Pre-1870: Eyewitness? account of Chief Seattle’s funeral
The magazine article is titled “Old Seattle, and His Tribe” (Overland Monthly IV(4):297-302, April 1870).
The logo of the Overland Monthly.
It was written by a really knowledgeable old Northwest Coast seafarer, Captain C[harles].M[elville]. Scammon (1825-1911).
I’ve previously found great use in Scammon’s superb writings, so I devote serious attention when I find more of them.
A couple of passages in this article sound to me like they were delivered in the presence of the author and other Settlers in Chinook Jargon, and they concern the life and death of Chief Siʔaɬ (Seattle). Anyone care to take on the challenge of back-translating them from English?
For now, though, I’ll focus narrowly on a couple of excellent Jargon details in this article by an old PNW hand.
One of the earliest occurrences known to me of the Chinuk Wawa place name “Old-Man-House” (úl-màn-hàws) comes on page 297 of today’s article. I’ll write a separate piece on that subject.
Page 298 mentions a Puget Sound place, “Near the head of Port Madison Bay, an estuary, called Tchoakum Chuck” which “meanders into Bainbridge Island”. I’m not sure whether “Tchoakum” is something from Dxʷləšucid (Lushootseed Salish), or maybe a misreading of a manuscript Chinook Jargon “skookum”. In the latter case, we’d be looking at the known CJ phrase skookum chuck (skúkum tsə́qw) denoting ‘a tidal rapids’; does that match the lay of the land in 1870? (The area’s been very much reshaped by modern human intervention.) Either way, that Chuck is with near total certainty our CJ word for ‘(body of) water’, as the Jargon was extensively in use in the greater Seattle, WA area at the time, and Scammon understood it well.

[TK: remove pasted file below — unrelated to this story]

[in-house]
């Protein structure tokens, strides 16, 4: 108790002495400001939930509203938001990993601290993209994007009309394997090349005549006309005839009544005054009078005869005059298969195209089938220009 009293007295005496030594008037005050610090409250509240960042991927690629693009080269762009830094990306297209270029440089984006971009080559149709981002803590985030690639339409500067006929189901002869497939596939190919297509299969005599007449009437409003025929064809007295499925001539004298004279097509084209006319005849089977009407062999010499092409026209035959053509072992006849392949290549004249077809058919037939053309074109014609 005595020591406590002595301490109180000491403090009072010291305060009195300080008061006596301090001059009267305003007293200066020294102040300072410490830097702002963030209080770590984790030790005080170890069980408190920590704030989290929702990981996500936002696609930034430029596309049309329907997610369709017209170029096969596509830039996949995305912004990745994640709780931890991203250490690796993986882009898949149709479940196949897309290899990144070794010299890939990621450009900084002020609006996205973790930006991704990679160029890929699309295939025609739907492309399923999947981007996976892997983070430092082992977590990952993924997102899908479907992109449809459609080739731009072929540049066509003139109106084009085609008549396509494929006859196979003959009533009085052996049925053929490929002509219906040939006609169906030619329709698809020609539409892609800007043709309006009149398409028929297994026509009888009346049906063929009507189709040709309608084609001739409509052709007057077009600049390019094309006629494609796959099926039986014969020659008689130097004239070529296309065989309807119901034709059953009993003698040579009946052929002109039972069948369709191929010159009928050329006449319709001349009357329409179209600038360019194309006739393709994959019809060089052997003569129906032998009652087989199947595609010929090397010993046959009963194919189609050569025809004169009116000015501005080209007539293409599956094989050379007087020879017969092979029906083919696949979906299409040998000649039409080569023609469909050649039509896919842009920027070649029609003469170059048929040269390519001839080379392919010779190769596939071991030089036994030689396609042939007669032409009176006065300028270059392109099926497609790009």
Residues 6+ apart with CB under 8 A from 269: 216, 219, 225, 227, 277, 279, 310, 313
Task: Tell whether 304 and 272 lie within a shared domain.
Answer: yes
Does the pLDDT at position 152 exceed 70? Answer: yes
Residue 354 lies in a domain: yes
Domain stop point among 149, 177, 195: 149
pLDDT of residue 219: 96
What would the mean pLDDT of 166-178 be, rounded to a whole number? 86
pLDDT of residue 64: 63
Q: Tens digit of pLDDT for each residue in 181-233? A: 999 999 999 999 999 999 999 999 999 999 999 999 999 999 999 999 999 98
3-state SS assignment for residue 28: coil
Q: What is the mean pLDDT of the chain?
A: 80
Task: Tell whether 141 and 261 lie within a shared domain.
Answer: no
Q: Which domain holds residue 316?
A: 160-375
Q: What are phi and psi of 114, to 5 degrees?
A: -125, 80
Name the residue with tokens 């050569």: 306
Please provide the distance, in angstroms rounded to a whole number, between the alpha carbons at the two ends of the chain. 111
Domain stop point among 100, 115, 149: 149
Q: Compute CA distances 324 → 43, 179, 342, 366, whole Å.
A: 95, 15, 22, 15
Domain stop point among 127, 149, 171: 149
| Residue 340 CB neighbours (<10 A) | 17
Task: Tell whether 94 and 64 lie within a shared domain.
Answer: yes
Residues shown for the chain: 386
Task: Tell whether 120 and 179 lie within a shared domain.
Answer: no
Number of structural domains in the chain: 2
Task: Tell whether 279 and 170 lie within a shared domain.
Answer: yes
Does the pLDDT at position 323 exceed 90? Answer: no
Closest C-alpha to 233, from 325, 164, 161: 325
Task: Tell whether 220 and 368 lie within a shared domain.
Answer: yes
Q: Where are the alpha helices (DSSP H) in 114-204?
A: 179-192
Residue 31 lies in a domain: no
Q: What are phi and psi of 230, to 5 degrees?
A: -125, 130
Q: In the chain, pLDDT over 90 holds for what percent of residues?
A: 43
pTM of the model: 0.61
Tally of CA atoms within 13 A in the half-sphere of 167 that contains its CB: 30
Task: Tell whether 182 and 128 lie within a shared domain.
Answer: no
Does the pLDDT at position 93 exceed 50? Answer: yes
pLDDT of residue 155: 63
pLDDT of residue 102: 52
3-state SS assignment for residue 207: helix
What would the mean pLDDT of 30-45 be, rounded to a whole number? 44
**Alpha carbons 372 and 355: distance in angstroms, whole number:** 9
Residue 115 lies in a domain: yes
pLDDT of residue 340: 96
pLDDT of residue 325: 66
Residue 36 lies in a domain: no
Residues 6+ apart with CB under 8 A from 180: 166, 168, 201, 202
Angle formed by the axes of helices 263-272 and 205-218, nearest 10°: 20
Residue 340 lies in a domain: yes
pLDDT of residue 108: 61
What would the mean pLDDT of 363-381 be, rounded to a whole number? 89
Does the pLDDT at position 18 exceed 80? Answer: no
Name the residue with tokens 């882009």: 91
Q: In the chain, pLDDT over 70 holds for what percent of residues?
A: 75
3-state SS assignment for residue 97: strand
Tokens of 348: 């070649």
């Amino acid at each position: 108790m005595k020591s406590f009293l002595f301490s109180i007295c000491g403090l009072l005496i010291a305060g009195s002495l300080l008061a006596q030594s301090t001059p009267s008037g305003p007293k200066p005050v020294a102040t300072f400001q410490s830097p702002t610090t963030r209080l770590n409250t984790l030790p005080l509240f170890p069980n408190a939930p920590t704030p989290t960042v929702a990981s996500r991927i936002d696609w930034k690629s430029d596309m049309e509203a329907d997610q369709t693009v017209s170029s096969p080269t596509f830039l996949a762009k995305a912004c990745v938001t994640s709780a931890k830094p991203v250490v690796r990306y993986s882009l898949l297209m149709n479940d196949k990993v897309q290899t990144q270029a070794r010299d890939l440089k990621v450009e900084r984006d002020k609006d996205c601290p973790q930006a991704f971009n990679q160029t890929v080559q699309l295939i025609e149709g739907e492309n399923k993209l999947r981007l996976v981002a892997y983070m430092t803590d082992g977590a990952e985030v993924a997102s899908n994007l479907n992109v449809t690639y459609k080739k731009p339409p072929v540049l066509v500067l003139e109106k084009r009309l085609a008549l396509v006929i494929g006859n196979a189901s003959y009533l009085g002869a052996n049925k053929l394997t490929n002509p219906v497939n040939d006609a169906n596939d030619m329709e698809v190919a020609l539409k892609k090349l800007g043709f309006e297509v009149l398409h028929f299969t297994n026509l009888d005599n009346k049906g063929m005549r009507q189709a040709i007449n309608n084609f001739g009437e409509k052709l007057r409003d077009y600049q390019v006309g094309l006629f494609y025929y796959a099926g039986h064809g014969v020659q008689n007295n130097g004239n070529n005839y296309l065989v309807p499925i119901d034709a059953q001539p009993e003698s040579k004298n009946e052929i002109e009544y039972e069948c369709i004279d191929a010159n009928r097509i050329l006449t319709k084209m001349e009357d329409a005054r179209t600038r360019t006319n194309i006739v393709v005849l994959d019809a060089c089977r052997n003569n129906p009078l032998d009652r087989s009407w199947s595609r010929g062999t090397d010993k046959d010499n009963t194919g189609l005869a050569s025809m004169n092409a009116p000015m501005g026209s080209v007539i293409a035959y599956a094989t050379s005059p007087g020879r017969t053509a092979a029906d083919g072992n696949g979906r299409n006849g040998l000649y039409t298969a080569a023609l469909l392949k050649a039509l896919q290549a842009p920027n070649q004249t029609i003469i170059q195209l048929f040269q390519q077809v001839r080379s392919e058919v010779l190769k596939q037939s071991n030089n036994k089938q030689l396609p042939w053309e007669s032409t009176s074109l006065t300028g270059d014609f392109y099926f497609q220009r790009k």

Pages 299-300 describe Suquamish/Duwamish funeral ceremonies, overtly connecting them with the influence of Catholic ritual. I believe this is 100% accurate. By 1870, it was only Catholic missionaries that had had much of a significant presence among the Lushootseed Salish speakers around Puget Sound. The impact of their teachings is also visible in how the later-founded — and Chinuk Wawa-using — Indian Shaker Church conducts its rites.
A phrase that we certainly need to add to our dictionaries of well-documented, established CW is page 300’s Ti-ee-man (táyí-màn) for a Native headman, a ‘chief man’. Upon “Old Seattle’s” 1866 passing, “Jim Seattle is ti-ee-man now,” Scammon is told by an Old-Man-House community member. I’ve easily found more instances in a Google Books search and a newspaper search, just on the one spelling variant, tyee man.